Thursday, January 31, 2013

Truck's new driver for February

Many thanks go to Alan Britt for a marvelous trip through January. Tomorrow the keys go to Mark Weiss, who'll be our driver/editor during February.

Thanks again, Alan.  

Thursday, January 24, 2013

Carrington MacDuffie




The father was attenuated and as impenetrably delicate as ever.

The mother’s hair was the path of the uncertainty

principle.  Her eyes are like emeralds,

then they are like eyes again.

Her smile hitches us up into the summer

night, where crickets call out in satisfaction.

Little days.

We’ve all had to travel.

The child will emerge glossy with questions, new hair slick

with the passage, into this art



If society is a work the performance

or collage artist might

destoy at any moment, then the long moment

we look into each other’s eyes is what moves

beneath the little days like an unexpected


The child will arise from it, wet.


The new mother and father are dancing to the band

and then we all lay ourselves down

in deference to the power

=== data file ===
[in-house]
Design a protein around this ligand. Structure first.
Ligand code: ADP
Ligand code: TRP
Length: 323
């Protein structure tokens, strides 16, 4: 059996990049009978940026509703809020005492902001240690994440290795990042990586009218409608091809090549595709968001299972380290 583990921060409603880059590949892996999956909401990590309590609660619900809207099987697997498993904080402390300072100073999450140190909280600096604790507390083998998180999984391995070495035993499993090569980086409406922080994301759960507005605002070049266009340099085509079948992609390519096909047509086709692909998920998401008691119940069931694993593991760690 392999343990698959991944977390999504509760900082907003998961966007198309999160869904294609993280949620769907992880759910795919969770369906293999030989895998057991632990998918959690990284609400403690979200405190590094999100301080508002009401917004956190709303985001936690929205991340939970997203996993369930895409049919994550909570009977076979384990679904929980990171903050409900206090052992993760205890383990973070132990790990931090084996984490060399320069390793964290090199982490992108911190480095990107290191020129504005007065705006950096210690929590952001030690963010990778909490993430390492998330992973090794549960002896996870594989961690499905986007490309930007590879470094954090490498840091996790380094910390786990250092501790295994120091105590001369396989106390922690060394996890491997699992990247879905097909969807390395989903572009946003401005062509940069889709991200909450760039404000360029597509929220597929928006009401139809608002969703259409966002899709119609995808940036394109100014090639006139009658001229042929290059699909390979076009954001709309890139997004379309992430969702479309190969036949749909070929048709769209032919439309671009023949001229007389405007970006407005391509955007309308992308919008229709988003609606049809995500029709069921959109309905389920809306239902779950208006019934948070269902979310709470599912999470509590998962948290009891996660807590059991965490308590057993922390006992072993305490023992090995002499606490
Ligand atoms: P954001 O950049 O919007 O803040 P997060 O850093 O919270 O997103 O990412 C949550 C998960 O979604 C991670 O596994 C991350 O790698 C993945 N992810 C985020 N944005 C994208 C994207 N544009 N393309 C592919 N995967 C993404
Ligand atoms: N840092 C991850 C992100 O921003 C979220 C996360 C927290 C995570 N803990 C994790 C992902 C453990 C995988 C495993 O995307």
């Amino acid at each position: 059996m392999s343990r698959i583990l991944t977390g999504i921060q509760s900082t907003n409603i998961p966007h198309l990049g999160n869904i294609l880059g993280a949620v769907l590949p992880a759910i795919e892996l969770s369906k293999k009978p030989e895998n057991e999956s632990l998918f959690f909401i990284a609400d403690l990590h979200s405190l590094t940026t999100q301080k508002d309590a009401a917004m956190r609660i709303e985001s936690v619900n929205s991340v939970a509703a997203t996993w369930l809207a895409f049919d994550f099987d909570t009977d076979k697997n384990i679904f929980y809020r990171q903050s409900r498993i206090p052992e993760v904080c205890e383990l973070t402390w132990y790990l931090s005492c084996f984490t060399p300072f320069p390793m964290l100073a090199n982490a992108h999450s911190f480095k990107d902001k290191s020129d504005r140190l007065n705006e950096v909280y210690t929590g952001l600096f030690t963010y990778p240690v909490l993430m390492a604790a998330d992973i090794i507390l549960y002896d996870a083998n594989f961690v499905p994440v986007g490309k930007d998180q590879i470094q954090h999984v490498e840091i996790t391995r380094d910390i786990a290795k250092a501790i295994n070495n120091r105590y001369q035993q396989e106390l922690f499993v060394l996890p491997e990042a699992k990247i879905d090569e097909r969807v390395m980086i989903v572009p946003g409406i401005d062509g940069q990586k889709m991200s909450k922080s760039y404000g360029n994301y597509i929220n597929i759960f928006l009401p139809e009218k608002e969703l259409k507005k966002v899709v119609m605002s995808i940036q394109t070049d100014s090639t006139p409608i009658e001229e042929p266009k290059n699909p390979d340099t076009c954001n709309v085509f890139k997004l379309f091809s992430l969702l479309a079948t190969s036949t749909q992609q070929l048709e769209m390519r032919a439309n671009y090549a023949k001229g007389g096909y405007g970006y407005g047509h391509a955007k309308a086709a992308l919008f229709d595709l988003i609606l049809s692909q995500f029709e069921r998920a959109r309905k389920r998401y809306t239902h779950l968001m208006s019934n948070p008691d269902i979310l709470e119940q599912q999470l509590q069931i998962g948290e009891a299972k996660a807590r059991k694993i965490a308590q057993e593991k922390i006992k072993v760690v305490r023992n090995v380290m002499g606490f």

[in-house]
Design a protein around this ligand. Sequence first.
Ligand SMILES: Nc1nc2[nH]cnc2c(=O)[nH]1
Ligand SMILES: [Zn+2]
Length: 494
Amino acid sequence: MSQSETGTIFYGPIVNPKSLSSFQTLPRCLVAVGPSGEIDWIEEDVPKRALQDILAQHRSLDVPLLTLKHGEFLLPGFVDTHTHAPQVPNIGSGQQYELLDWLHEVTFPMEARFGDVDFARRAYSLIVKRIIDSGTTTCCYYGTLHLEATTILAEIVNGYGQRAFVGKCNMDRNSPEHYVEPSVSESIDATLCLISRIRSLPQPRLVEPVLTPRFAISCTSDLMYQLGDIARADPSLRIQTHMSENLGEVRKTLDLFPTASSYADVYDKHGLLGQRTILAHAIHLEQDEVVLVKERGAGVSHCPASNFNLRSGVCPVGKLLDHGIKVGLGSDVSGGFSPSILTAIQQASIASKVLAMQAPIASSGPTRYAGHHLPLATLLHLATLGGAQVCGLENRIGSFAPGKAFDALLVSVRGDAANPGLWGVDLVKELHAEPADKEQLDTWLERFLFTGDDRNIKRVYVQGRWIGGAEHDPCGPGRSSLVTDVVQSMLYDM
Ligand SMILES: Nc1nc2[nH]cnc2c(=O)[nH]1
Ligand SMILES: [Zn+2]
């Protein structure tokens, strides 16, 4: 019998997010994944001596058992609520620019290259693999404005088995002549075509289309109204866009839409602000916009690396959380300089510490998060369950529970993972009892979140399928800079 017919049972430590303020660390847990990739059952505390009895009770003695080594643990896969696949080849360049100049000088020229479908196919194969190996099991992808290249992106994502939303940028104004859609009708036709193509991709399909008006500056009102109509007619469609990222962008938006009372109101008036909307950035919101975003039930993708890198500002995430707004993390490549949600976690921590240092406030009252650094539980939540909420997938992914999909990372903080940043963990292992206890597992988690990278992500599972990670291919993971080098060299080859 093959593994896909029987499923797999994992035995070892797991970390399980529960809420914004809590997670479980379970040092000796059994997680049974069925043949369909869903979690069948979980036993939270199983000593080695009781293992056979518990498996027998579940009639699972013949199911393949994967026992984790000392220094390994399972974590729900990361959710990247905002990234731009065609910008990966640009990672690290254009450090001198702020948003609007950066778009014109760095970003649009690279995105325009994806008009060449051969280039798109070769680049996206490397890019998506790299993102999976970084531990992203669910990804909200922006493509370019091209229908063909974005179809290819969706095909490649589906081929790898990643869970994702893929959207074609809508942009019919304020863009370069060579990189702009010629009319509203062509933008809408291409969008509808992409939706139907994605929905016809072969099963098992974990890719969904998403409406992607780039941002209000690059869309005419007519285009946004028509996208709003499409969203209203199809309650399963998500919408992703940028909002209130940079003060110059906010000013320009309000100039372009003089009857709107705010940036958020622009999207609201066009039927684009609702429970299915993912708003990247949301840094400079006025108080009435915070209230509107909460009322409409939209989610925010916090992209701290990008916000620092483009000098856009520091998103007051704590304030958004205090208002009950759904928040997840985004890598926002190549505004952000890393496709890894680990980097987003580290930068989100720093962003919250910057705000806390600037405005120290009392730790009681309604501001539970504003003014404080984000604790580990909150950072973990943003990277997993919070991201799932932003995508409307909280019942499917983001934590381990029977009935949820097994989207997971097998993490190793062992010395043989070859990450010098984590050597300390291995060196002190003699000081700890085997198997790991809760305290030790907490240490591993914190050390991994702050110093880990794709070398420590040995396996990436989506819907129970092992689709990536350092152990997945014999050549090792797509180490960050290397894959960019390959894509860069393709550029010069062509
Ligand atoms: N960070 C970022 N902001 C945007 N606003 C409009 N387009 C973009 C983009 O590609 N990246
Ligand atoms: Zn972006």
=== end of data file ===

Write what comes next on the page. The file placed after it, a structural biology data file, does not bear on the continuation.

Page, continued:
of our own desires, and to how far

we had to travel just to feel them all over, all over again.

Simon says Call out a fragment of the whole,

Simon says Lie down,

and in our horizontal imitation

a new child will arise from us,

and we’ll be bowing

to the unimaginable.  


Carrington MacDuffie’s poetry was most recently collected in Many Things Invisible, an award-winning audiobook of music, found sound, and spoken word, available on iTunes. She served as poetry editor of the journal Square Lake out of Seattle, and her book of poetry, On the Dreaming Earth, was published by Subaqueous Press. She makes her living as a voice actor, and most enjoys bringing poetry into her music, and music into her poetry.